Cannabis and Coronavirus
Yesterday, New Frontier Data responded to an “Ask Our Experts” submission on Monday regarding the impact of the COVID-19 virus on the cannabis market.
The response cited the March 7 assessment of 102,000 cases across 90 countries and approaching 3,500 deaths, most of which are in China.
“According to the New York Times, more than 760 million (approximately 54%) of the Chinese population are under quarantine or travel restrictions. Factories are shuttered. Businesses are closed… Factory activity fell to a record low in February, and the timeline to resume full production is uncertain.”New Frontier Data
Vape hardware has already been in short supply, as much of that is sourced from China.
Elizabeth Braw, Director of Modern Deterrence at the Royal United Services Institute wrote “Blindsided on the Supply Side” for ForeignPolicy.com last week, wherein she cites the effects of the Fukushima earthquake in 2011.
“Before the earthquake, the Fukushima region produced, amon other things, some 22 percent of the world’s 300 millimeter silicon wafers, which are used in semiconductors; 60 percent of critical auto parts ; and a large share of lithium battery chemicals and the conductive film used in flat panel liquid crystal displays. Indeed the Japanese suppliers did sucha good job that countless global manfacturers had gone single source – that is, they were only using tthe Japanese firms. That’s fine most of the time, but not when an earthquake strikes and renders factories unusable.”Elizabeth Braw, “Blindsided on the Supply Side” ForeignPolicy.com
Dun and Bradstreet released a special briefing called “Business Impact of the Coronavirus” in which they stated 51,000 businesses around the world have direct Tier 1 suppliers in the Wuhan region of China, including 163 of the Fortune 1000 companies. Further, they state at least 5 Million companies around the world have secondary suppliers in the region, including 938 of the Fortune 1000.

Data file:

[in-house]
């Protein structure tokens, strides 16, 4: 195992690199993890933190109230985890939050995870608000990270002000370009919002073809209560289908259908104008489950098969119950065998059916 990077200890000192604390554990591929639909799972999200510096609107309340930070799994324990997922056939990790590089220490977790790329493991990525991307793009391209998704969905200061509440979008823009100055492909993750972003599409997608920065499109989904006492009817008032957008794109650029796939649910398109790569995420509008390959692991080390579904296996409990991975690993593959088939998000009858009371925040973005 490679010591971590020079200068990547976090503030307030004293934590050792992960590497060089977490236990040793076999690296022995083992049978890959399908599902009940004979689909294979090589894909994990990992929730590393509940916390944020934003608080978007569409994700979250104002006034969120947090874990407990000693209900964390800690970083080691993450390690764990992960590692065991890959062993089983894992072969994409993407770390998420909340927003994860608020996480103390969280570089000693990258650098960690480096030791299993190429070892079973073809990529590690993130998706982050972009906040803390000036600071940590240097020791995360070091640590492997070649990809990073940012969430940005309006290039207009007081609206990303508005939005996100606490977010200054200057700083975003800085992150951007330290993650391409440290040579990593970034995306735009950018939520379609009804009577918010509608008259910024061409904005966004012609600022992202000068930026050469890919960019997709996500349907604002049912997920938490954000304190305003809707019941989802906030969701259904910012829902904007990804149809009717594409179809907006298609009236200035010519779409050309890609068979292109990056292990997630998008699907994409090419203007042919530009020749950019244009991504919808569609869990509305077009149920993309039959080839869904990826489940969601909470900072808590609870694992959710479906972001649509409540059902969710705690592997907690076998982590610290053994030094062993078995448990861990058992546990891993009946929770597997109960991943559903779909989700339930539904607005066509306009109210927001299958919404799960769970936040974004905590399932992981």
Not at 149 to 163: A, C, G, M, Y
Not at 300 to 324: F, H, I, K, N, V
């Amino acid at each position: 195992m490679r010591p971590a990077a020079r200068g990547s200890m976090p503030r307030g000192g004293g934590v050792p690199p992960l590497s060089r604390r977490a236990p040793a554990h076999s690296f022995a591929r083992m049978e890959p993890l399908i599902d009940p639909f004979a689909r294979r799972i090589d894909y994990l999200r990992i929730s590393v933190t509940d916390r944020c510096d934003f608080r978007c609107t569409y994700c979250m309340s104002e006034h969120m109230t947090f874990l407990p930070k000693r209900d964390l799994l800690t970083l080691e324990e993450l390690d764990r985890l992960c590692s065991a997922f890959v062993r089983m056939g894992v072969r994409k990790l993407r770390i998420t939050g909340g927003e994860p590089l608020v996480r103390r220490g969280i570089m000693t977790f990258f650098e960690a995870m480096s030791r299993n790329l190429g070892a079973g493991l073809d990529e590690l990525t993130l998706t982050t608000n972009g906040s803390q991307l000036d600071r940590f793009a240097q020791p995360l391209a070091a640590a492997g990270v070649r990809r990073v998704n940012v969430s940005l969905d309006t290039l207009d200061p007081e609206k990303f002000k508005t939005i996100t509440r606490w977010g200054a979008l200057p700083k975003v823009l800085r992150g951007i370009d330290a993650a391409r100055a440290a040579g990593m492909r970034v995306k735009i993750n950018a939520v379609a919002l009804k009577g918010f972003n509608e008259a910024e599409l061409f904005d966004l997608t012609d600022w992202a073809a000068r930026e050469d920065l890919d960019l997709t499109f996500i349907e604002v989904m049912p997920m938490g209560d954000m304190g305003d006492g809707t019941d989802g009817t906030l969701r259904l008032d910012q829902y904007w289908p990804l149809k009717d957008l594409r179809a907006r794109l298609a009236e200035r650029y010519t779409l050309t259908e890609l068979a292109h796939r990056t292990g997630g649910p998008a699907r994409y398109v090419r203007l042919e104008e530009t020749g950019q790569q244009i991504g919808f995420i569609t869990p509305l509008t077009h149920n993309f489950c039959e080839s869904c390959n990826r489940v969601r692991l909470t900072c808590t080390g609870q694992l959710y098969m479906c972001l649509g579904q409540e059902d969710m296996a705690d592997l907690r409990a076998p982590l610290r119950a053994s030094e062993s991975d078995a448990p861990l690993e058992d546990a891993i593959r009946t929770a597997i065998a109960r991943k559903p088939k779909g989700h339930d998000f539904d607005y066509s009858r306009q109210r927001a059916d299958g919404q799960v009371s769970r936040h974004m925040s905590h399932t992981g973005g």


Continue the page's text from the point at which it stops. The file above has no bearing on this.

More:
So what does that mean for Cannabis?
The New Frontier Data response lists a myriad of changes to the cannabis environment in the near future. After SXSW was canceled last week, it’s not hard to imagine many more cannabis events around the country will follow suit.
“With over 100 major cannabis conferences scheduled for 2020, the impact of a sustained outbreak on conference and consumer event businesses could be acute. The timing of the outbreak, in the lead up to the busy April season for cannabis, many of the consumer focused 4/20 cannabis festivals may be postponed or canceled to minimize risk of community transmission.”New Frontier Data
There is certainly also the likelihood that cannatourism will slow considerably, given that people will be less likely to leave their homes.
There is no expectation that demand will decrease, but a near certainty that it will change. Customers may cut back, but it’s more likely they’ll begin to choose cheaper and longer lasting alternatives, avoiding frequent trips to replenish.
School closings will require employees to stay home, and those businesses will suffer because of lack of workers, while the workers will lose income as a result.
All in all, we have no choice but to sit and wait for it all to shake out before we truly know what the effects of this virus will be.
In the meantime, wash your hands.